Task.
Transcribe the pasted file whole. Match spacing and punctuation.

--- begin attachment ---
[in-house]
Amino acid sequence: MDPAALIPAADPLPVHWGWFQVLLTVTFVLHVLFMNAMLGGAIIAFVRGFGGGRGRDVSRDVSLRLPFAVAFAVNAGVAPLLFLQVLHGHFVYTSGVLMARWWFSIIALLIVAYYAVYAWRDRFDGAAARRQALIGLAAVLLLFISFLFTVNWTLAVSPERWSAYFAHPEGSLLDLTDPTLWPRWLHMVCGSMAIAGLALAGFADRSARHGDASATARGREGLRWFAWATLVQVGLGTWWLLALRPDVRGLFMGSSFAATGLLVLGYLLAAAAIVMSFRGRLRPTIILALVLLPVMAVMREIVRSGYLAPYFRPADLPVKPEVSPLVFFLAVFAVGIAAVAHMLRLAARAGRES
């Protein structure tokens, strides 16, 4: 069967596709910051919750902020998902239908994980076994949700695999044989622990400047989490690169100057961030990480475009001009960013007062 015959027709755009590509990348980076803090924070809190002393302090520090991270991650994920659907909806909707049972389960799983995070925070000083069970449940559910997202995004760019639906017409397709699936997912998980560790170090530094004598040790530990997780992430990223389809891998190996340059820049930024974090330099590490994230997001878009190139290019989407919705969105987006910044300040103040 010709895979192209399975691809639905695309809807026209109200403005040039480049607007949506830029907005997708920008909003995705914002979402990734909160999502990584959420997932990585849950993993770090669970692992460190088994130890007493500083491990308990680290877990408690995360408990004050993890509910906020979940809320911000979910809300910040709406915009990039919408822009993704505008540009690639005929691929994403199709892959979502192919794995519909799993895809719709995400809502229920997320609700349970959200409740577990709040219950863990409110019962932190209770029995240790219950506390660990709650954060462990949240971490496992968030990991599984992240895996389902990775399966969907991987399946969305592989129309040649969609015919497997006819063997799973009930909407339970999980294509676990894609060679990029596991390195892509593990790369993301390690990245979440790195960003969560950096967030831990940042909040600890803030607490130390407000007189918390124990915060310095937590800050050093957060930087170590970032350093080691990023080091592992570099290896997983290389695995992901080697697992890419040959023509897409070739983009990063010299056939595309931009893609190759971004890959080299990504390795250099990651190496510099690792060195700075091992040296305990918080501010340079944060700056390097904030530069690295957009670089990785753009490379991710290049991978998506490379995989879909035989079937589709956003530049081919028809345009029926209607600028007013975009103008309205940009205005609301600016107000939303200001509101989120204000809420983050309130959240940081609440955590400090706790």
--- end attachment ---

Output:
[in-house]
Amino acid sequence: MDPAALIPAADPLPVHWGWFQVLLTVTFVLHVLFMNAMLGGAIIAFVRGFGGGRGRDVSRDVSLRLPFAVAFAVNAGVAPLLFLQVLHGHFVYTSGVLMARWWFSIIALLIVAYYAVYAWRDRFDGAAARRQALIGLAAVLLLFISFLFTVNWTLAVSPERWSAYFAHPEGSLLDLTDPTLWPRWLHMVCGSMAIAGLALAGFADRSARHGDASATARGREGLRWFAWATLVQVGLGTWWLLALRPDVRGLFMGSSFAATGLLVLGYLLAAAAIVMSFRGRLRPTIILALVLLPVMAVMREIVRSGYLAPYFRPADLPVKPEVSPLVFFLAVFAVGIAAVAHMLRLAARAGRES
């Protein structure tokens, strides 16, 4: 069967596709910051919750902020998902239908994980076994949700695999044989622990400047989490690169100057961030990480475009001009960013007062 015959027709755009590509990348980076803090924070809190002393302090520090991270991650994920659907909806909707049972389960799983995070925070000083069970449940559910997202995004760019639906017409397709699936997912998980560790170090530094004598040790530990997780992430990223389809891998190996340059820049930024974090330099590490994230997001878009190139290019989407919705969105987006910044300040103040 010709895979192209399975691809639905695309809807026209109200403005040039480049607007949506830029907005997708920008909003995705914002979402990734909160999502990584959420997932990585849950993993770090669970692992460190088994130890007493500083491990308990680290877990408690995360408990004050993890509910906020979940809320911000979910809300910040709406915009990039919408822009993704505008540009690639005929691929994403199709892959979502192919794995519909799993895809719709995400809502229920997320609700349970959200409740577990709040219950863990409110019962932190209770029995240790219950506390660990709650954060462990949240971490496992968030990991599984992240895996389902990775399966969907991987399946969305592989129309040649969609015919497997006819063997799973009930909407339970999980294509676990894609060679990029596991390195892509593990790369993301390690990245979440790195960003969560950096967030831990940042909040600890803030607490130390407000007189918390124990915060310095937590800050050093957060930087170590970032350093080691990023080091592992570099290896997983290389695995992901080697697992890419040959023509897409070739983009990063010299056939595309931009893609190759971004890959080299990504390795250099990651190496510099690792060195700075091992040296305990918080501010340079944060700056390097904030530069690295957009670089990785753009490379991710290049991978998506490379995989879909035989079937589709956003530049081919028809345009029926209607600028007013975009103008309205940009205005609301600016107000939303200001509101989120204000809420983050309130959240940081609440955590400090706790």